In my previous two commentaries, I imagined the Virgin Islands of 2030 through the eyes of a 10-year-old Guyanese girl named Maria and her older brother Zak. This week, I’ll look through their father’s eyes.
Troy finished checking the Hindi version of his commentary on the Salt Island digs and removed his headset. Zak, his son, waved his arms in the air, with his headphones still on. Troy wondered if they had been right to give Maria one for her 10th birthday, but she had pleaded for it. He had warned her against emerging too quickly into the real world from seeming to travel through space and time. Totalitarian states used immersive reality as a very effective tool with which to brainwash disoriented dissenters.
A hearing-incapacitated friend had told him years ago about the confusion radio advertisements supported by background music had imposed on her: She happily would have enjoyed the uninterrupted songs. Even a minister’s carefully crafted New Year message was ruined for her by loud piano playing throughout it. Its support of the message was counterproductive as it created such a conflict that she tore out her hearing aids.
Salt Island project
Troy’s Artificial Lawyer zipped through the contracts for the Salt Island digs in under a minute, confirming the validity of their terms and projected revenue streams. The University of Southampton had awarded his institute a grant to explore the beach for any surviving remains of the RMS Rhone’s crew buried there as part of a documentary on the Great Storm of 1867. Meanwhile, the pharmaceutical company which had won the sole rights to analysing the salt was sponsoring the study of the sea salt industry.
In accordance with the revised planning laws, an environmental survey had been undertaken before any development could proceed. This included searching for evidence of any human habitation in the past and determination as to whether any part of the land might be considered an historic site. If so, its future was to be discussed between government archaeologists and landowners’ representatives, with legal notices requesting their presence being placed in the local news media and online.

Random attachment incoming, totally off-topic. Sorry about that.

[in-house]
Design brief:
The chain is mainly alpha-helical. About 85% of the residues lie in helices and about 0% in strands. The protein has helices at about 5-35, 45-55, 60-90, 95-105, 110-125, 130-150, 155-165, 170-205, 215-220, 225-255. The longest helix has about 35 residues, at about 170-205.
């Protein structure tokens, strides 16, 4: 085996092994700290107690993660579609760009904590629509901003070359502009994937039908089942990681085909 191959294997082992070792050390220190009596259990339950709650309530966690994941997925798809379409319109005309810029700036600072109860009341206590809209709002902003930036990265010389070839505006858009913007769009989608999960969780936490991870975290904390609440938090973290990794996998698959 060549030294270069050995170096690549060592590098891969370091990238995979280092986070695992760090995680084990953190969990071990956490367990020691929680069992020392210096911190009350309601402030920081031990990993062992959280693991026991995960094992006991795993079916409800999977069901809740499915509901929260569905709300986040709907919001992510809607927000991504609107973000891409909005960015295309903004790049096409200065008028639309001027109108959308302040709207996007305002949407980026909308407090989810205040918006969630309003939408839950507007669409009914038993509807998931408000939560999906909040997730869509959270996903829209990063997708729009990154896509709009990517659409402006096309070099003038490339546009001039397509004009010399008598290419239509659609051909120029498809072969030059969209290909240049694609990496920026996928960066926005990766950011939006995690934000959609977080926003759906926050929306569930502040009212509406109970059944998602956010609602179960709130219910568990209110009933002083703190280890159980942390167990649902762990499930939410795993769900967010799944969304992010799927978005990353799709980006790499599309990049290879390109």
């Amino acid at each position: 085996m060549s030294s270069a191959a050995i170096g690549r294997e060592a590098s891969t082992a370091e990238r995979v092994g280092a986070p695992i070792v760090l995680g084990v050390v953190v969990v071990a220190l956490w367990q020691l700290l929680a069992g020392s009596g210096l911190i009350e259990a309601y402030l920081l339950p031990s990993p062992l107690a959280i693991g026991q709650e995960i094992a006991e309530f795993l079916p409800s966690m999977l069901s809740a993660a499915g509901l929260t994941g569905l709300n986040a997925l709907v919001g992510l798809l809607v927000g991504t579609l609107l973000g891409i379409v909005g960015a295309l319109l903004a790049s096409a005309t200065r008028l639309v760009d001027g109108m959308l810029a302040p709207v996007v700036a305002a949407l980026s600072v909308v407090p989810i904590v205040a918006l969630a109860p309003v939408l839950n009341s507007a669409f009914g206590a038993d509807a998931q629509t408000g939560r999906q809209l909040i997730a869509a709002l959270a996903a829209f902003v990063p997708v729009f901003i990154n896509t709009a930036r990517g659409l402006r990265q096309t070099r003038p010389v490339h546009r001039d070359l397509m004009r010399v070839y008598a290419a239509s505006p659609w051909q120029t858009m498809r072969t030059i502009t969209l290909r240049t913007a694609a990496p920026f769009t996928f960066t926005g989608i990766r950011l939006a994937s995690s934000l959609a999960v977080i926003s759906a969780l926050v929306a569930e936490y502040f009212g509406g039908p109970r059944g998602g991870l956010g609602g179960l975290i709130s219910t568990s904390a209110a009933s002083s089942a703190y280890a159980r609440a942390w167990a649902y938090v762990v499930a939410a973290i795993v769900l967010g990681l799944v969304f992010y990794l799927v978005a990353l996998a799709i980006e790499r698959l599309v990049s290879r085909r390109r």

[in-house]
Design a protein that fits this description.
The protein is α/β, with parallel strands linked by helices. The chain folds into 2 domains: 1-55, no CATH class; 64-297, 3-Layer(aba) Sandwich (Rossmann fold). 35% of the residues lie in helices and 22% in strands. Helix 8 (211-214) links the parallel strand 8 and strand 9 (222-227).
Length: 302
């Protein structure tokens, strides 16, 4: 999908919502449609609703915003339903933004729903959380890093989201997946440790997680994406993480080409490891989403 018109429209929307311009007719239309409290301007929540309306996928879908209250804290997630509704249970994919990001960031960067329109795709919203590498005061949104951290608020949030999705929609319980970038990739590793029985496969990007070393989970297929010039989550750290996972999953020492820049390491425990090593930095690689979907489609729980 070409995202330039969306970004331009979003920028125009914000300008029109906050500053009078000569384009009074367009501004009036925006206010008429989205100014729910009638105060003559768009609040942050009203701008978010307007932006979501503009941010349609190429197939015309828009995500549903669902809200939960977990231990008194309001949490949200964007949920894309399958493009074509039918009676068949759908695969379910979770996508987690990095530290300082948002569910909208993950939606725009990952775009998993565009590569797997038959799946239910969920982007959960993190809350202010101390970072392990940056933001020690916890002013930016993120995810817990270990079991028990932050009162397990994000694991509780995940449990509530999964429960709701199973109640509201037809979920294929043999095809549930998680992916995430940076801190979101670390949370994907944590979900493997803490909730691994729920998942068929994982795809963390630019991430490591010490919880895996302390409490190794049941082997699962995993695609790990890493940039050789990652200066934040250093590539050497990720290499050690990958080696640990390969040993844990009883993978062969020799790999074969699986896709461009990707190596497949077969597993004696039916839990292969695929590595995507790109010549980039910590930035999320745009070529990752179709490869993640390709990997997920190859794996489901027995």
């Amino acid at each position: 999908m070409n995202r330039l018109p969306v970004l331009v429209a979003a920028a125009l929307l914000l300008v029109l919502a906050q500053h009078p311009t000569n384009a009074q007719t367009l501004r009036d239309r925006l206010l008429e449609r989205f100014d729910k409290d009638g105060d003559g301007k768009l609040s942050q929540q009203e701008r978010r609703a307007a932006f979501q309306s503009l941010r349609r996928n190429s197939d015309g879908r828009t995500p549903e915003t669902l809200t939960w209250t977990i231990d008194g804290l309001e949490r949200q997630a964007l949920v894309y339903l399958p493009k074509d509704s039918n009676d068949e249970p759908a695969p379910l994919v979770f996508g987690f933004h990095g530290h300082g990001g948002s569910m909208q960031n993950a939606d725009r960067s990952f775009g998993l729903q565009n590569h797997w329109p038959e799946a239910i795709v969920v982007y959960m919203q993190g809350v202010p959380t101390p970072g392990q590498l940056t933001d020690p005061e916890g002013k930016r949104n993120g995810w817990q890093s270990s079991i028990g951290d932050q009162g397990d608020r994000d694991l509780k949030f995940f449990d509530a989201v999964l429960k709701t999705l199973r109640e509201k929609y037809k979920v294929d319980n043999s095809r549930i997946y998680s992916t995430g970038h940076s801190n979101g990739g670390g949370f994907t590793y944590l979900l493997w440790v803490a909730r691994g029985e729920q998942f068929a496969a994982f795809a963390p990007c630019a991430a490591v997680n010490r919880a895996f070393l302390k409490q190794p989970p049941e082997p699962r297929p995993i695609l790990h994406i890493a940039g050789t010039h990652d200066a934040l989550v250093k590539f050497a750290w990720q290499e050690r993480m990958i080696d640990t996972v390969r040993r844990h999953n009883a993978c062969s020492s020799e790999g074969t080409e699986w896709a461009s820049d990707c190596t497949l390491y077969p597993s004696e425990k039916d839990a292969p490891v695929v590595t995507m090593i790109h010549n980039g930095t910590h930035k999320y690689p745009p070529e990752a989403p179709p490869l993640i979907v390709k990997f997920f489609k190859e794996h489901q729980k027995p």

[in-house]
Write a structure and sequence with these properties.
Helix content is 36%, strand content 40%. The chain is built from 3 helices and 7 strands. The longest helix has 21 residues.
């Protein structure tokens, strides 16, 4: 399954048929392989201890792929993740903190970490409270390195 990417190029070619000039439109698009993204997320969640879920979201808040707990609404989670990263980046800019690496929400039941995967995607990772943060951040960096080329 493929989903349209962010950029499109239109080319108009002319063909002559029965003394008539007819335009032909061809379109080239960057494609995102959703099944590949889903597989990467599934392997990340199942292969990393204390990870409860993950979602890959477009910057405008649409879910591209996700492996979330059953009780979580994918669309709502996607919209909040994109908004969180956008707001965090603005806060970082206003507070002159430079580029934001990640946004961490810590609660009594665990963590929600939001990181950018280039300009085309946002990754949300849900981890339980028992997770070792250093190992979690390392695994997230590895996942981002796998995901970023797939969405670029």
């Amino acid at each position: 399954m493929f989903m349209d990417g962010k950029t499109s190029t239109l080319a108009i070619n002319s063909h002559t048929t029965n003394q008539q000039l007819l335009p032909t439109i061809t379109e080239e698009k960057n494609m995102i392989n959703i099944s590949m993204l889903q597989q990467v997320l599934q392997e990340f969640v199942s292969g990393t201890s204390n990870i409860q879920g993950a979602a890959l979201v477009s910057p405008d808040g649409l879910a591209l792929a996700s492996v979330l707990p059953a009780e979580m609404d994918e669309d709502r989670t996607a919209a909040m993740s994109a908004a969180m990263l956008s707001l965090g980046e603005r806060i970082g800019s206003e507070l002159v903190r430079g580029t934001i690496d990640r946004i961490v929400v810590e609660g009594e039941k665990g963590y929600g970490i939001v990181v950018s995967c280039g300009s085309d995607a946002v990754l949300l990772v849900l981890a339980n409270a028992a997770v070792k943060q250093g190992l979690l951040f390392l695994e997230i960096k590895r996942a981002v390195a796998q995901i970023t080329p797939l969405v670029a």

The Time Team Channel was covering the dig in the settlement, but the higher ground was off limits until it had been surveyed for wildlife and botanical specimens by the team from Kew, with further financial support from the pharma firm. Under the government’s agreement, any resultant patents on herbal treatments or pharmaceutical ingredients would be initially registered in the VI.
The Salt Island Descendants Committee was involved with every part of each project, from overseeing its operation to maintaining the old family cottages, one of which provided its resident wardens with the unobtrusively installed pipes and wiring that provided all the home comforts expected in 2030. Members of the committee would star in a costume movie portraying the life of Clementine Smith.
Troy glanced through Zak’s findings on how the VI financial services industry had responded to the challenges presented to it during 2020, then gently chided him for confusing the VI’s constitutional name with company law when referring to VI companies instead of BVI ones.
The BVI Financial Services Commission (BVIFS) designed the BVI Business Companies Act, 2004 to build on the success of the International Business Companies Act, 1984, which had been widely copied by other tax havens, while incorporating into it forms and procedures specifically tied into the VI’s regulatory structure, making it harder to copy and enact.
The letters BVI were deliberately inserted to perpetuate and safeguard the brand, particularly in Hong Kong, where BVI companies are commonly called “BVIs.” However, companies formed under the later act are usually called “BCs” or “BVI companies” in the offshore financial industry. Nonetheless, the act is often mistakenly referred to as simply the “Business Companies Act.”
Troy also criticised Zak’s acceptance of fake news and his reliance on hearsay rather than fact concerning the reported flight of capital from Hong Kong. While it was probably true that some Hong Kongers had used BVI companies legitimately, it was suspected that many of their ultimate beneficial owners may have been Chinese triads or corrupt Communist officials.
The VI government proudly proclaimed its acceptance on a white list of financial services meeting international standards, but on July 15, 2020, the United Kingdom minister for the overseas territories had told Parliament that the crown dependences and all eight of the other OTs had committed themselves to introducing publicly accessible registers of company beneficial ownership by 2023.
The UK foreign secretary had welcomed their leadership in improving corporate transparency and tackling illicit finance globally and commented that the UK government was working towards open registers becoming a global norm by then. As the VI had said it would accept open registers when that became the case, some commentators had wondered why the VI government was still hesitating.
They surmised that either its legislators were unaware that the VI was then on its own or perhaps some of them were concerned that acceptance of public access to registers of company beneficial ownership might lead to calls for public access to their registers of private interests.